If you're sick and tired of paying 10 or 20.



Free Internet

If you're sick and tired of paying 10 or 20.00 a month to your ISP for Internet Access, listen closely to what I'm about to say. "You don't have to." Yep, that's right; you can surf the Web totally free if you don't mind giving up some of your precious screen real estate to banner ads.

Most of the Free providers want your personal information as well and will ask you to fill out lengthy registration forms when signing up to use their services. They'll want to know if you're married, own or rent, if you have children, and so on and so forth. Some of them will even track your surfing patterns and sell that information to third parties.

According to Jupiter Communications, last year 2.5 million people signed up for free Net access. That number is expected to grow to over 10 million by the year 2003. That's a lot of people who are interested in getting something for nothing.

Let's take a look at some of the more popular services and what they have to offer.

Address.com: This free ISP tracks your surfing patterns for ad targeting purposes. Downloading and setup are fairly simple. The banner they place on your screen is 486x86 pixels, which is not a bad size for this type of service. They also offer free email accounts, free webpages, and URL forwarding.

FreeInternet.com: The banner size for this service when undocked is 509x76. You'll be asked for a lot of personal information when registering and your surfing habits will be tracked and shared with third parties for targeting banner ads. Their website offers free email accounts, weather, shopping, and its own instant messaging system.

AltaVista Free Internet: http://www.microav.com Another free dial up from the search engine Alta Vista. service. The banner placed on your monitor is 502x84 pixels undocked. The sign-up process is pretty simple and they don't ask for as much personal information as some of the others. During setup you're given the opportunity to select backup dial-in numbers in case the first one is busy. This download works on Windows or Macs and is small at 600K.

BlueLight.com: Did someone say K-Mart? You'd be right on with this free dial up service offered from Yahoo and K-mart combined. The registration process is pretty painful as they ask for a lot of personal information. Your surfing patterns are tracked and shared with third parties. The banner on your screen measures 486x86 pixels. The download is large at 3.51 MB but if you don't want to wait you can fill out a form on the website and you'll be sent a CD.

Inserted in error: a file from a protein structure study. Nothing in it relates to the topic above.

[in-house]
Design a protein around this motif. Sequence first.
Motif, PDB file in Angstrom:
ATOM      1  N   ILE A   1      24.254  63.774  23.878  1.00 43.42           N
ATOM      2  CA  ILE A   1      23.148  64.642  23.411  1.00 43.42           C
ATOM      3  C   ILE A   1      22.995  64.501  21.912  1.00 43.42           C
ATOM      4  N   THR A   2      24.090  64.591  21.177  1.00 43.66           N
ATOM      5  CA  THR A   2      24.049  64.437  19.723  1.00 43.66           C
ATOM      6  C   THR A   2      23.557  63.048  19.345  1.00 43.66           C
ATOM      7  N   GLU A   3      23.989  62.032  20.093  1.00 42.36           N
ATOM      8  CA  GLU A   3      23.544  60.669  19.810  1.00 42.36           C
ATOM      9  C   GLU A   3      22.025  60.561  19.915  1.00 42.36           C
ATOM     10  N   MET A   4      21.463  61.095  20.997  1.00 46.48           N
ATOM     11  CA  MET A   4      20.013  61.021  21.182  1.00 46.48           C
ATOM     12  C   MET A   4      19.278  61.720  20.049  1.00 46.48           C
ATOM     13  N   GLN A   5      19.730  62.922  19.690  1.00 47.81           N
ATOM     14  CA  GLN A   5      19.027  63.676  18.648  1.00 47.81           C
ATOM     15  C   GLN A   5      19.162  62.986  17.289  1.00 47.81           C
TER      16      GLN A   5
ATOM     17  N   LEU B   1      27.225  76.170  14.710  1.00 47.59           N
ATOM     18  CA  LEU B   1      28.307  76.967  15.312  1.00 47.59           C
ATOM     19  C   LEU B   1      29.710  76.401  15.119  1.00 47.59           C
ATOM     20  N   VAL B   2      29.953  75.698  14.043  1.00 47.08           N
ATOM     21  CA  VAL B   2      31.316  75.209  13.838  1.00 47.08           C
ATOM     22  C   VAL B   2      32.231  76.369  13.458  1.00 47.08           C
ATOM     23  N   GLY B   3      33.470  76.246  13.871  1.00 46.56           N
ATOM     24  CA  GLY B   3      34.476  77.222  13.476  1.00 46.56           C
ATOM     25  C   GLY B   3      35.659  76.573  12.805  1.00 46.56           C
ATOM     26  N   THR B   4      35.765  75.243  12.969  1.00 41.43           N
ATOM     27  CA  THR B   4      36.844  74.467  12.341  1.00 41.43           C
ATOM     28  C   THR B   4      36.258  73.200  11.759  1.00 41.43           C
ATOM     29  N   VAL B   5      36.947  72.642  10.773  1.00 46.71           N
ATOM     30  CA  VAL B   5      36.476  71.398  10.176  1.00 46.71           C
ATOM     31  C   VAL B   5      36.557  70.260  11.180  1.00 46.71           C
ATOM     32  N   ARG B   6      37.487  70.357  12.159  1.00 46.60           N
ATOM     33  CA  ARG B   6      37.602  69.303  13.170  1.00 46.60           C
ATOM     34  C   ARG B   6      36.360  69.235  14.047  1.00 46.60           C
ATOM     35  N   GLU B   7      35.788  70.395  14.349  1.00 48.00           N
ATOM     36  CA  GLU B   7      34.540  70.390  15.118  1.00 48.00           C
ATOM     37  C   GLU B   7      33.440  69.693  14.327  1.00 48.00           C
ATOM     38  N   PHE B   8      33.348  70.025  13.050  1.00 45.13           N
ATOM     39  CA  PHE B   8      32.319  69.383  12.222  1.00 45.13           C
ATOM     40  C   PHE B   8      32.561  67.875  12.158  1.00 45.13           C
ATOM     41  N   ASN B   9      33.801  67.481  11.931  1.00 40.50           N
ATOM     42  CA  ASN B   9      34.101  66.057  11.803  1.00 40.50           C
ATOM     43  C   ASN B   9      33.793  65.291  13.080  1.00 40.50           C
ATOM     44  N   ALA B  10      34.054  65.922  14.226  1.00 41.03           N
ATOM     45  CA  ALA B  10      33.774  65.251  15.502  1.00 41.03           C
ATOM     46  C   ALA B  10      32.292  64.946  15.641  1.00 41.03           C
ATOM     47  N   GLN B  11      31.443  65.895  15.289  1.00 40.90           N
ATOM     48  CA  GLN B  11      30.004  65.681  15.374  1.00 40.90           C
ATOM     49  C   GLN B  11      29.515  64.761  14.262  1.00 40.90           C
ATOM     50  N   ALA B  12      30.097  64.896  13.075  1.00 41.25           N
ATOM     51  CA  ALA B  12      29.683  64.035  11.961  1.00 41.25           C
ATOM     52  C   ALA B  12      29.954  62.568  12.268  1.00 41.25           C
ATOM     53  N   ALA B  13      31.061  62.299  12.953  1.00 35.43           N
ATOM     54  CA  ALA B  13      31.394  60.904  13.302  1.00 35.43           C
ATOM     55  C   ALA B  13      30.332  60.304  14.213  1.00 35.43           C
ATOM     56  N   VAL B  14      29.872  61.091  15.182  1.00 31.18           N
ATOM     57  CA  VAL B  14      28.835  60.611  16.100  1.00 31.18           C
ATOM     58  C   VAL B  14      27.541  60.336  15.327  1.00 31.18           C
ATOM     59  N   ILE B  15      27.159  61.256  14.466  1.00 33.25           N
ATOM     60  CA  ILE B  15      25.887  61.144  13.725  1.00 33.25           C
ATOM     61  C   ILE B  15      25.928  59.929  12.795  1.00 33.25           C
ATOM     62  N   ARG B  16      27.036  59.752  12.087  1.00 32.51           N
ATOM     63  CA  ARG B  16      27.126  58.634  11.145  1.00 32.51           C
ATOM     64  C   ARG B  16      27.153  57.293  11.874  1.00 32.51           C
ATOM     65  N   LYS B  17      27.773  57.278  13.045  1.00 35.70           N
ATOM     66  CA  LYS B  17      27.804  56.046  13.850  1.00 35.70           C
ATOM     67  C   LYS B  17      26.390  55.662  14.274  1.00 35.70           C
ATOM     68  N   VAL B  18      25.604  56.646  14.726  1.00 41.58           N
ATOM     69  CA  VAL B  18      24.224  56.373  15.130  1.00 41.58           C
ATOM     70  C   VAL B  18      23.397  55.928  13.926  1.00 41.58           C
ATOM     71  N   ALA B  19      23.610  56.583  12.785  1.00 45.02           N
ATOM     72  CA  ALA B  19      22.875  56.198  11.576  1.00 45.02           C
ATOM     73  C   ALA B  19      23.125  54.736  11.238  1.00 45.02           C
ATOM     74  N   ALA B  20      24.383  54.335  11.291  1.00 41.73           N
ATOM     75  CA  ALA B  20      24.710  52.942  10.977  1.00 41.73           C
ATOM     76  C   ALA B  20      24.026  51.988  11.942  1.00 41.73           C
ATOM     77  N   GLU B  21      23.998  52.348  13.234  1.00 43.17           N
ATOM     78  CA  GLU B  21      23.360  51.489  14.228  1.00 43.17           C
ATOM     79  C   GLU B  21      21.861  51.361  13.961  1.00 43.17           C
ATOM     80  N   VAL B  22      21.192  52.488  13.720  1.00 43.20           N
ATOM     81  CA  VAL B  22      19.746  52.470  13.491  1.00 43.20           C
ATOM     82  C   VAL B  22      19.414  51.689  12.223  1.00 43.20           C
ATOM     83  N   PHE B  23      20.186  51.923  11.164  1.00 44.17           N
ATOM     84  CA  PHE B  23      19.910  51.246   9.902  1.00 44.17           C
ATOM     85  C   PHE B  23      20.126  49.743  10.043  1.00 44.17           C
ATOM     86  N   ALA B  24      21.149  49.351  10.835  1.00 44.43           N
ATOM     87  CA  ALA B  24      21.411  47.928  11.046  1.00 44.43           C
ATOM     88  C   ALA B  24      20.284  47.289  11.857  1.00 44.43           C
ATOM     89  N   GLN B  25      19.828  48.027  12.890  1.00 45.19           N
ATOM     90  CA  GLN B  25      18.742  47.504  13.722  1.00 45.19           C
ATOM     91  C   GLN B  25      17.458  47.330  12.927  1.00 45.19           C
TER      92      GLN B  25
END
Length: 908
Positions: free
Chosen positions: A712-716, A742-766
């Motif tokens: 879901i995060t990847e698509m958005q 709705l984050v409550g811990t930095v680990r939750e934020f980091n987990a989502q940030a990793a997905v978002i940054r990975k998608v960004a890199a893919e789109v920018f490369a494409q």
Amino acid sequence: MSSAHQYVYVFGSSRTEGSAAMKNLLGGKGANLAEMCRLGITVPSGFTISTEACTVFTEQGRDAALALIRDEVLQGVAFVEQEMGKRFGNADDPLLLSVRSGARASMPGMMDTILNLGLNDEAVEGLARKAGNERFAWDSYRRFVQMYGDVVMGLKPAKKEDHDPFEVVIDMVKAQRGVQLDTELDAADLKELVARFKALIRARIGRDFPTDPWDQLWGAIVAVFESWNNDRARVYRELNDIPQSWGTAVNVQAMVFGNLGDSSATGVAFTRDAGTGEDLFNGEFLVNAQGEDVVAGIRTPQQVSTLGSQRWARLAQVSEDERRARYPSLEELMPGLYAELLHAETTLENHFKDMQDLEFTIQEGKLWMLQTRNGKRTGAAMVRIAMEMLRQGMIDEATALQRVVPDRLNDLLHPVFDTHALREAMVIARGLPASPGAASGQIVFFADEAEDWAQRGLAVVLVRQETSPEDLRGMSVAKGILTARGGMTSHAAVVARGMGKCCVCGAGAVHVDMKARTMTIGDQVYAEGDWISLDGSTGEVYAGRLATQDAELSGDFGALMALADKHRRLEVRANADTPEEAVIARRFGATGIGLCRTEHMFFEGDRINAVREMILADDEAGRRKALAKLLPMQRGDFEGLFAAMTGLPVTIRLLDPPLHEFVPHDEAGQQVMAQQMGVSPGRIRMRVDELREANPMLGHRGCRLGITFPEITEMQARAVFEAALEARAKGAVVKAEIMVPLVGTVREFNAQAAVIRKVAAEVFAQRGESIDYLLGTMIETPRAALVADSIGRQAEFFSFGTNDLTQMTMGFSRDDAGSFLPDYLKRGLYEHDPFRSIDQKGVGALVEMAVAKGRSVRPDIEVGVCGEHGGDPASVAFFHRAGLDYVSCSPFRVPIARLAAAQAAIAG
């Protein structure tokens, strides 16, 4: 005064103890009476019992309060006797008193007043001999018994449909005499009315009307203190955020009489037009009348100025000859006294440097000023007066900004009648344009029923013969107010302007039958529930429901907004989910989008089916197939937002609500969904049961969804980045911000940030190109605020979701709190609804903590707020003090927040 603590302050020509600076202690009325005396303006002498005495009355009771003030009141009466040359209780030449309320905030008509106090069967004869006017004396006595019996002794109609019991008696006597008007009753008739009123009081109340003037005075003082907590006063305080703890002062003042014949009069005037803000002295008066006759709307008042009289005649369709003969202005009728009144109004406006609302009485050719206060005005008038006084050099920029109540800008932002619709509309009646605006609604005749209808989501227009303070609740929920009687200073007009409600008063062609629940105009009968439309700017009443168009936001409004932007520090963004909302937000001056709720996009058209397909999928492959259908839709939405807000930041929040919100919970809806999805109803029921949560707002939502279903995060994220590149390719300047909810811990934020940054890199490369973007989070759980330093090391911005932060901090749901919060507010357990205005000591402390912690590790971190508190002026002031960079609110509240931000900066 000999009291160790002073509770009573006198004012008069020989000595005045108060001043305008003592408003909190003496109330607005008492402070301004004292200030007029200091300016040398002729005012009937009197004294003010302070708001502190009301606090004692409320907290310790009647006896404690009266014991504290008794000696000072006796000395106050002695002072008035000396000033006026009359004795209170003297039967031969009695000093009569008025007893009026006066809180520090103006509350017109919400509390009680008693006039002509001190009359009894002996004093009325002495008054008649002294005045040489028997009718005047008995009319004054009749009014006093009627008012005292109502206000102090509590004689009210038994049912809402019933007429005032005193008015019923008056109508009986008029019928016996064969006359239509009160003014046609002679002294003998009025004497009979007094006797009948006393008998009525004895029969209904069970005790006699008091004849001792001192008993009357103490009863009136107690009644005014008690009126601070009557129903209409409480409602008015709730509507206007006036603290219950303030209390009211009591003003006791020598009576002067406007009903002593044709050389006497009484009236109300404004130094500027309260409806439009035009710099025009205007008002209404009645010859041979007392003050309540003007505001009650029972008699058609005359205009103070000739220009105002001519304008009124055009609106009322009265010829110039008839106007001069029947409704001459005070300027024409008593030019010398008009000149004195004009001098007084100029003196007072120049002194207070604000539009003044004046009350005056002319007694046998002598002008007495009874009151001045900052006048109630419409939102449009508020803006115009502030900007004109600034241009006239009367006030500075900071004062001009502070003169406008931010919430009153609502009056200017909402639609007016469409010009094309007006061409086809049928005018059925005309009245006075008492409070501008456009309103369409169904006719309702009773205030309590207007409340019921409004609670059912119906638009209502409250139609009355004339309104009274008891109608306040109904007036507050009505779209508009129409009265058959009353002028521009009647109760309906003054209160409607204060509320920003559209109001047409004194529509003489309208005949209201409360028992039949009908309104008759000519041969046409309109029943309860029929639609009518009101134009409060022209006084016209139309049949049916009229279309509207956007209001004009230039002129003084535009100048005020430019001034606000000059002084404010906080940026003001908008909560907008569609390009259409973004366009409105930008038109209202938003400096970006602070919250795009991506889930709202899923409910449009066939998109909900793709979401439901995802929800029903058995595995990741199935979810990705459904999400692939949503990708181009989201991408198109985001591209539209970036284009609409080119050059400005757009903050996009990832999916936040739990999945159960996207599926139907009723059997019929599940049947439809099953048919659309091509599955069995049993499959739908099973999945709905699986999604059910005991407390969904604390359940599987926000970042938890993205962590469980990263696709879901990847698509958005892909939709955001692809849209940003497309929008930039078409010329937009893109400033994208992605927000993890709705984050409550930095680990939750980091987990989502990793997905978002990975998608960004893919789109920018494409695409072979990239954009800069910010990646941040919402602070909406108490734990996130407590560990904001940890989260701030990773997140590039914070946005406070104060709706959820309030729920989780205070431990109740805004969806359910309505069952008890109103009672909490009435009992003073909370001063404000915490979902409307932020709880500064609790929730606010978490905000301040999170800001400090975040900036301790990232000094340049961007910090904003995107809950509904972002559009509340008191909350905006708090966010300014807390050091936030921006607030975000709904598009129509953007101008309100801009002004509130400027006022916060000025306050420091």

NetZero.com: With claims of over 4 million registered users, NetZero must be doing something right. Registration requires a lot of information and the download is large at 4.76 MB. The banner on your screen will be 800x88 pixels and you'll be forced to click on it from time to time or face disconnection. Like most other free services they track your surfing patterns and share them with third parties. They also offer free email accounts and customer support.

There are many free dial-up options to choose from. If you don't like the ones presented here, go to http://www.nzlist.org/user/freeisp for even more choices.

Whoever coined the phrase "you don't get nothing for free" obviously never knew about free Internet access. As long as you don't mind giving up some of your personal information and viewing banner ads, free dial up is not such a bad deal. Even if you decide to keep your paid ISP, a free dial-up account can come in handy as a backup should your ISP ever go down.

Free Internet access can save you a lot of money, so what are you waiting for? Take the money you'll save and buy your honey something nice to help make up for all that time you spend online and if that doesn't work you can always save up for a good divorce attorney.

About the author: Merle http://www.ezineadauction.com "Where the Best Deals in Ezine Advertising are Made" Subscribe to Ezine Ad Auction Authority and be kept up to date on new auctions as they're added and much more subscribe@responsiblenetizen.org For advertising information send mailto:advertise@responsiblenetizen.org

Author: Merle